Transcribed from "An Illustrated History of The Big Bend Country, embracing Lincoln, Douglas, Adams and Franklin counties, State of Washington",  published by Western Historical Publishing Co., 1904.

     WILLIAM GEMMILL resides about seven miles south from Wilbur on one of the largest estate in the entire Big Bend country.  It consists of fourteen hundred acres of fertile wheat land, all in a high state of cultivation and improved with everything necessary to a first class Washington farm.  The residence is commodious and beautiful, situated amid shade trees and orchards, making it an ideal rural abode.  Mr. Gemmill is to be classed as one of the earliest pioneers of this part of the country and his vast possessions have been made as a result of his thrift, wisdom, and his energy.  He was born in Wisconsin, on September 21, 1859, being the son of William Gemmill, a native of Pennsylvania.  The father later moved to Indiana and in 1850 went to California, where he engaged in mining.  He returned to the middle states and located in Wisconsin in 1856 and when he settled in that state he was fifty miles from a railroad.  He had been a pioneer in Indiana and California before this and was one of the rugged frontiersmen who have made this country what it is.  He died in 1898, aged seventy.
     Our subject was reared in Wisconsin and passed his youthful days as is common for boys on the frontier, laboring on the farm and studying in the district school.  In 1884, he came to Washington and located on a preemption twelve miles west from Wilbur.  Later, he sold that property and took a homestead and timber culture claim, where he is now located. The rest of his estate has been acquired by purchase and as every piece has fallen into his possession it has been transformed from the wild into fertile fields productive of abundant crops.  Everything about the place has an air of thrift and good taste and Mr. Gemmill is to be congratulated on the possession of such choice estates.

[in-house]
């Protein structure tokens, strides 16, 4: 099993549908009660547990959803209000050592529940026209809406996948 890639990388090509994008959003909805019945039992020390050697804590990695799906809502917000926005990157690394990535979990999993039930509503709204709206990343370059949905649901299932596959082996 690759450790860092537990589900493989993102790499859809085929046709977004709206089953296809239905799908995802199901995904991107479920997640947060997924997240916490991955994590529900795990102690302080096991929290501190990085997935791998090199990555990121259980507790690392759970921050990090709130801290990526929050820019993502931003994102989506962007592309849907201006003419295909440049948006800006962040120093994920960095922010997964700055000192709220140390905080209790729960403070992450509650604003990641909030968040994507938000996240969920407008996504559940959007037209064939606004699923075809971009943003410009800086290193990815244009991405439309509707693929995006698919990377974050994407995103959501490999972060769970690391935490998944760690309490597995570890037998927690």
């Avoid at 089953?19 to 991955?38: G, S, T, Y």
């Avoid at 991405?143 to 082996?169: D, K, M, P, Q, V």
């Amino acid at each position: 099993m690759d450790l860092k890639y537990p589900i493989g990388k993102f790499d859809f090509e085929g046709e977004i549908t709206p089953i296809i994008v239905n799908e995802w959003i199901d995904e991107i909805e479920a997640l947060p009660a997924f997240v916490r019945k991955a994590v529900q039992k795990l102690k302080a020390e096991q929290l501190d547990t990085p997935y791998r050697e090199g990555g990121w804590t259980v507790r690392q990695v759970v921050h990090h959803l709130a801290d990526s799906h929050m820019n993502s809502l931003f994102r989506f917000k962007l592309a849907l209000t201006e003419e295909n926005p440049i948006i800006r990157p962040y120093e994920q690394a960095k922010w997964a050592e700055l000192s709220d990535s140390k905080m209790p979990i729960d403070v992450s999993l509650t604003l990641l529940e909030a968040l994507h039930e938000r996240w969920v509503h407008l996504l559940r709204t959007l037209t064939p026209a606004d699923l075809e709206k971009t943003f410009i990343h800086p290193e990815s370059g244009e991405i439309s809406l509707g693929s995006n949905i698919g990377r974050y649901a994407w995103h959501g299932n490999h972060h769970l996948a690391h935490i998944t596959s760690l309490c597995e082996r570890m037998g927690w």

In 1892, Mr. Gemmill married Miss Anita Maldonado.  She was born in Mazatlan, Mexico, and educated in St. Catherine's Convent at Benica, California, and at St. Rose's Convent at San Francisco.  She received a very liberal training in languages and fine arts and is able to converse in French and Spanish as fluently as in English.  In 1875, she came to Washington with her parents and settled in Walla Walla.  Since then she has traveled a great deal but Washington has been her home place.  She is a lady of high accomplishments and exceptional virtues.  Her father, Francesco Maldonado, was the son of a Spanish nobleman.  He was born in Spain and there received a fine clasical education and was then admitted to the bar.  When a young man, he came to Mexico and entered the practice of law.  Later, he received a seat in the judiciary, where his erudition and stanch principles made him a valued member.  Then he was elected governor of Sinaloa, Mexico, which office he held until his death.  His widow later married Isaiah Revenaugh, a pioneer of California, and one of the very earliest pioneers of Walla Walla, then of the Big Bend country.  He located a stock ranch on Crab creek as early as 1871.  By trade, he was a blacksmith and had large experience in frontier life.  On account of a fierce encounter with a grizzly in California, he received the sobriquet of "Grizzly."  He was a well known and substantial citizen.  His death occurred in 1900, two years after his wife's demise.  Mr. and Mrs. Gemmill are highly respected people and their home is the center of refined hospitality.